Winter 2024

Alumni on the Power of the Oath

How has the oath you took during your first days in medical school influenced your practice of medicine?

January 2024

In this 2019 photo, members of the MD Class of 2023 read their oath to the profession.

Benjamin Chaska, MD ’83

The oath underpinned the ethical thinking I used in the many complex decisions that confronted me throughout my career. It focused me on doing what was right for my patients and community, first and always. It reminded me that technical capability is not always ethical. Such decisions are more nuanced and require deeper thinking.  

Stephen Smith, MD ’63

The care of individual patients is understood to be a sacred trust and responsibility, totally apart from any expectation of financial remuneration. The physician’s reward is in achieving a degree of success for the patient, coupled with the acknowledgment that help has been rendered.  

Linda Leum, MD ’87

I now work with Médecins Sans Frontières (Doctors Without Borders) and search for ways to serve the underserved. I view every human as a precious child of God.  

Elizabeth Kaufman, MD ’85

It reminds me that taking care of patients is a sacred privilege.  

Charles Epstein, MD ’73

I don’t actually remember which version of it we used back then. But I remember the gist, minus the various anachronisms, and still try to follow it.  

Jose Morales, MD ’94

The oath we took has been a guiding principle in my career. Always place the patient first, either in a leadership role or sitting at a bedside. Sadly, I have noticed our profession’s commitment hasn’t always been followed by all players in the industry. The oath has influenced me to work hard for my patients my entire career. However, the hill is getting steeper.  Preservation of our trade and mission feels like the next direction we all must take.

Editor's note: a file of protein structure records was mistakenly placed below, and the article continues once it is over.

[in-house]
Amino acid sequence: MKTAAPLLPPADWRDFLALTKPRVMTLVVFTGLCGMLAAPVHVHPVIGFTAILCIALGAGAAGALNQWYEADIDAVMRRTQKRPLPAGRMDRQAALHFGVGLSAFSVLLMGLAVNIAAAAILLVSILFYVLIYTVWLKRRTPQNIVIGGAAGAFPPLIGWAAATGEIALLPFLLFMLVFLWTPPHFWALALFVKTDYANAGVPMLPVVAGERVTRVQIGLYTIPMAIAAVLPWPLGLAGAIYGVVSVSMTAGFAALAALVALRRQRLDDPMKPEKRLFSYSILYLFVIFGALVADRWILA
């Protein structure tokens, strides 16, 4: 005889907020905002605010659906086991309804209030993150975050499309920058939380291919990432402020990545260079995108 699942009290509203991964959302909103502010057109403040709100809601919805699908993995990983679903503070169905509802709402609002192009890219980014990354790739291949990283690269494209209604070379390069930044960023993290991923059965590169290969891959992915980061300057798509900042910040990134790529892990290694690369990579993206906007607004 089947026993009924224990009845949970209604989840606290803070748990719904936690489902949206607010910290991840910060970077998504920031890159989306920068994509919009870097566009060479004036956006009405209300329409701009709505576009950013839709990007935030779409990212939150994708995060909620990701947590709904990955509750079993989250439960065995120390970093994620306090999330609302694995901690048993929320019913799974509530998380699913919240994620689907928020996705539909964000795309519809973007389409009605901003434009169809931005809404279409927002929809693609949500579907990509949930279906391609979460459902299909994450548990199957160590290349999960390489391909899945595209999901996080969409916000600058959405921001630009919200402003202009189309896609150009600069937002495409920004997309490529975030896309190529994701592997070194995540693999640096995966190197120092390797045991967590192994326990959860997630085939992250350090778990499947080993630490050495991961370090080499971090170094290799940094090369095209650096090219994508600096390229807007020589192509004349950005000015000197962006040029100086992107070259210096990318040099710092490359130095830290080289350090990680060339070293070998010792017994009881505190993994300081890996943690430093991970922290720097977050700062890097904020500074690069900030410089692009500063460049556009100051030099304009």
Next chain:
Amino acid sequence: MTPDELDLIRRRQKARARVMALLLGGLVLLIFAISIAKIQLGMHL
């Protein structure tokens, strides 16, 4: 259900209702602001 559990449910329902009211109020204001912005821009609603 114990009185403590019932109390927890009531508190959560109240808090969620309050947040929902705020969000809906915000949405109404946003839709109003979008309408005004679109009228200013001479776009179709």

Esteban Mezey, MD ’62

The principles of the oath were an ingrained guideline in my practice of medicine. Most important, however, was the influence of the clinical HMS faculty. Listening to patients and involving them in decisions about their care is most fruitful. The new practice of looking at a screen and typing into the medical record and not interacting directly with the patient is not consistent with the oath and good care. I do all the typing and dictating once I am done with my job as a physician.

Petros Giannikopoulos, MD ’06

It influences the choices I make with respect to the types of problems that I work on.

Ken Franklin, MD ’78

It has not influenced. Proper ethics of how to behave as a physician are straightforward.

Samuel Gerber, MD ’80

I take my responsibility to patients and their welfare seriously.  

Lise Johnson, MD ’88

Medicine is a calling as much as it is a job. It is part of who I am, not just what I do.  

Morris Fisher, MD ’68

Recognizing medicine as a calling, where the primary concern should be the needs of the patient. Effective medicine is based on honesty and integrity.